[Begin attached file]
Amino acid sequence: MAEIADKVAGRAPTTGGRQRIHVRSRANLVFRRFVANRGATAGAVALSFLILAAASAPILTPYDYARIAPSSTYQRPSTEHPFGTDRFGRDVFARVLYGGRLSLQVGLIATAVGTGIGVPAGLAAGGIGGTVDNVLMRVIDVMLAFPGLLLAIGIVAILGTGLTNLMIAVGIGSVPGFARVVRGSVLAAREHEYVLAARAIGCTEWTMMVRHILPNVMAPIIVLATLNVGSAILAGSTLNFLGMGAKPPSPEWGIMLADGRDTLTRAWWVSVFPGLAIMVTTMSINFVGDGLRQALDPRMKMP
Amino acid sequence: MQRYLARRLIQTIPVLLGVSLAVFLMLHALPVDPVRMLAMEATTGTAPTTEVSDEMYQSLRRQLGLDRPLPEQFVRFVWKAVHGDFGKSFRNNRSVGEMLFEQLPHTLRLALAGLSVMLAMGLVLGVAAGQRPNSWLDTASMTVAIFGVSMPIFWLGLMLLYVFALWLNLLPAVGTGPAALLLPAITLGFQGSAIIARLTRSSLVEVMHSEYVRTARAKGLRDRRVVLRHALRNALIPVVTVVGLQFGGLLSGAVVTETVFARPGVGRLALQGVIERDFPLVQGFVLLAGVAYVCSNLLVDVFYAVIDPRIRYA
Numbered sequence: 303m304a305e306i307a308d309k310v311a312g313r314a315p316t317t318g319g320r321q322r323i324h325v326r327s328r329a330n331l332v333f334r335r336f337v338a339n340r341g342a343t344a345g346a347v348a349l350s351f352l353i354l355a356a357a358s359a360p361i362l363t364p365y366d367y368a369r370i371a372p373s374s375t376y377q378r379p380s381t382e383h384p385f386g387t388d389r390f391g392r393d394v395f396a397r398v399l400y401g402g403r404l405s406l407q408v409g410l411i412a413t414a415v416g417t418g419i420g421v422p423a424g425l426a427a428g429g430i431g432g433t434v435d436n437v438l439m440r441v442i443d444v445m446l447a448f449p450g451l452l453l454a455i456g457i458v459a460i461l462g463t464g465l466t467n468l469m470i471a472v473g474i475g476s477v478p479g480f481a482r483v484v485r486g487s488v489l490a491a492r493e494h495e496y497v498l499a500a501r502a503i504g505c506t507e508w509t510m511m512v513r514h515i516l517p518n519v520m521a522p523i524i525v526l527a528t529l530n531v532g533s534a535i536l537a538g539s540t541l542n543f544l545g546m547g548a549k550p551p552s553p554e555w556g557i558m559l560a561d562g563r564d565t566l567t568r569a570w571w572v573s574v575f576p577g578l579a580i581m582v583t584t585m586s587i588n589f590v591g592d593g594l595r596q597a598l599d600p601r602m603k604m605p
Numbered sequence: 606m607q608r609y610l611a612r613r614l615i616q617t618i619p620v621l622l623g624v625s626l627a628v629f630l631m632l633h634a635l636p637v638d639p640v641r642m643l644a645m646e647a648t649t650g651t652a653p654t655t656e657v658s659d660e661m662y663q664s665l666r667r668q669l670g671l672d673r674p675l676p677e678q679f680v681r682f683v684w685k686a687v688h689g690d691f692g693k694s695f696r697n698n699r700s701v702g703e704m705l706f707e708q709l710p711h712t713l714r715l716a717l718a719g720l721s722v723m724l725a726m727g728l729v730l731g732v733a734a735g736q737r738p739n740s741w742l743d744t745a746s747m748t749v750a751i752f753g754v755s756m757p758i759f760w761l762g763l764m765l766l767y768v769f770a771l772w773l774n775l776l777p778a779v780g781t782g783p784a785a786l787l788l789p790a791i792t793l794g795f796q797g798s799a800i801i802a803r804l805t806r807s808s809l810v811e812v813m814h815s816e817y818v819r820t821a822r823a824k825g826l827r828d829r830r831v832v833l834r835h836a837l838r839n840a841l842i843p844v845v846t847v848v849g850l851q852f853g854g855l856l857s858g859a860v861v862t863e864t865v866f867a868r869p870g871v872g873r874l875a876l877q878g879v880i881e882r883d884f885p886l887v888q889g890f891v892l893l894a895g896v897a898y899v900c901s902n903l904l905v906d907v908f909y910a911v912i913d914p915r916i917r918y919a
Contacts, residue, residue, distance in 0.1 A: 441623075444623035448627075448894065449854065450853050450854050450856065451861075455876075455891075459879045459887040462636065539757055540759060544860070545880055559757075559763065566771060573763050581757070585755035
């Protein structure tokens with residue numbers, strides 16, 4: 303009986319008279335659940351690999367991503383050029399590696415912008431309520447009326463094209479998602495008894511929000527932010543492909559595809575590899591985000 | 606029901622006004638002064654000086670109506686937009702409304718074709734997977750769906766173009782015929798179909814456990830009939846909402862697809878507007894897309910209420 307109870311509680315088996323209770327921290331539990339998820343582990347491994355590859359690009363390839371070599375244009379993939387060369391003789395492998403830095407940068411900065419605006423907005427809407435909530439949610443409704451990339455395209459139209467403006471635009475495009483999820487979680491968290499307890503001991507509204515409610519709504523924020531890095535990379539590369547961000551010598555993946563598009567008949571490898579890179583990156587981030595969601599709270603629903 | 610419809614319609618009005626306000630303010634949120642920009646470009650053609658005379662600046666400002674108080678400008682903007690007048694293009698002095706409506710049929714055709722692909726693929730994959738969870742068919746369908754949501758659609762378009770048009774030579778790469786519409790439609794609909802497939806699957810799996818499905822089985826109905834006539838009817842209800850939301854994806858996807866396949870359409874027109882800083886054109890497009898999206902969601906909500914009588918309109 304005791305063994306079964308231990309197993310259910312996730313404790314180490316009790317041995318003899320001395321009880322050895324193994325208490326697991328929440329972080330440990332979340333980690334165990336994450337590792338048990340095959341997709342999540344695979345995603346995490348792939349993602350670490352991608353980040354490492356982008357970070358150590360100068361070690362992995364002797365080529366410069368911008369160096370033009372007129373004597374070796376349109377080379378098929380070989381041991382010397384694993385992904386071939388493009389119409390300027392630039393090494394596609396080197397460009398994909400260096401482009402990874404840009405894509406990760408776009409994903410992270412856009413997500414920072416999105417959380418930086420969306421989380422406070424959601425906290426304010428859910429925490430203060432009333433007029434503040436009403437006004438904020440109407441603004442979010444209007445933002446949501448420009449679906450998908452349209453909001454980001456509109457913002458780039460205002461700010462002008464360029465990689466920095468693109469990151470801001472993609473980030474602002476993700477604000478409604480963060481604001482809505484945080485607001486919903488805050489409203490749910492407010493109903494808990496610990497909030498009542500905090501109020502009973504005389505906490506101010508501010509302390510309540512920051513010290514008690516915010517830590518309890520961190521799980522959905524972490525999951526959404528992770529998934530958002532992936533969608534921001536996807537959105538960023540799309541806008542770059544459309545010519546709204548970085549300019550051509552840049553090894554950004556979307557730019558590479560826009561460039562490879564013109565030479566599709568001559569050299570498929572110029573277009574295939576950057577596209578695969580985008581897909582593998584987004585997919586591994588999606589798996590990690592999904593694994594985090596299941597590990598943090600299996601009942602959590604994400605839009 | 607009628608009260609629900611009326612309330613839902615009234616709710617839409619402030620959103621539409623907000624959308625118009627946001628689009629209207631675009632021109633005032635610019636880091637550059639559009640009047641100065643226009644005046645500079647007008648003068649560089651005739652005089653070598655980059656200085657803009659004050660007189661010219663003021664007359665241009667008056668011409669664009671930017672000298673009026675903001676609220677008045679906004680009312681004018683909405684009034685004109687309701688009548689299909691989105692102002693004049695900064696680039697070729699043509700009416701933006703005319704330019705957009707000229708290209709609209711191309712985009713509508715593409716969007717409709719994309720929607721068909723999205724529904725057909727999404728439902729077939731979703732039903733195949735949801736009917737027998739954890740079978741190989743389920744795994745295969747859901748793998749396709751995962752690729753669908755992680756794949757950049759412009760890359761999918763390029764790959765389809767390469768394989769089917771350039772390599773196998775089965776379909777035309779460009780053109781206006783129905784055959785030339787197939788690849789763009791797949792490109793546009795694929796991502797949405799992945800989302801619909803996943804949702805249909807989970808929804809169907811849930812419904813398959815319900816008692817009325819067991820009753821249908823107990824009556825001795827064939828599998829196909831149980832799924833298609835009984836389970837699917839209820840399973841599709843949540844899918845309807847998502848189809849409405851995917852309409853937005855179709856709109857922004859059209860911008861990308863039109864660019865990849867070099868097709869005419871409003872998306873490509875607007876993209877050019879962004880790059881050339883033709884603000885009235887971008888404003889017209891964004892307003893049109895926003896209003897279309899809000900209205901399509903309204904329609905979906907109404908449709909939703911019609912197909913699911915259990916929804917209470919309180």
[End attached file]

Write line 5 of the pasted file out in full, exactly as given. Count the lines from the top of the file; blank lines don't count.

Contacts, residue, residue, distance in 0.1 A: 441623075444623035448627075448894065449854065450853050450854050450856065451861075455876075455891075459879045459887040462636065539757055540759060544860070545880055559757075559763065566771060573763050581757070585755035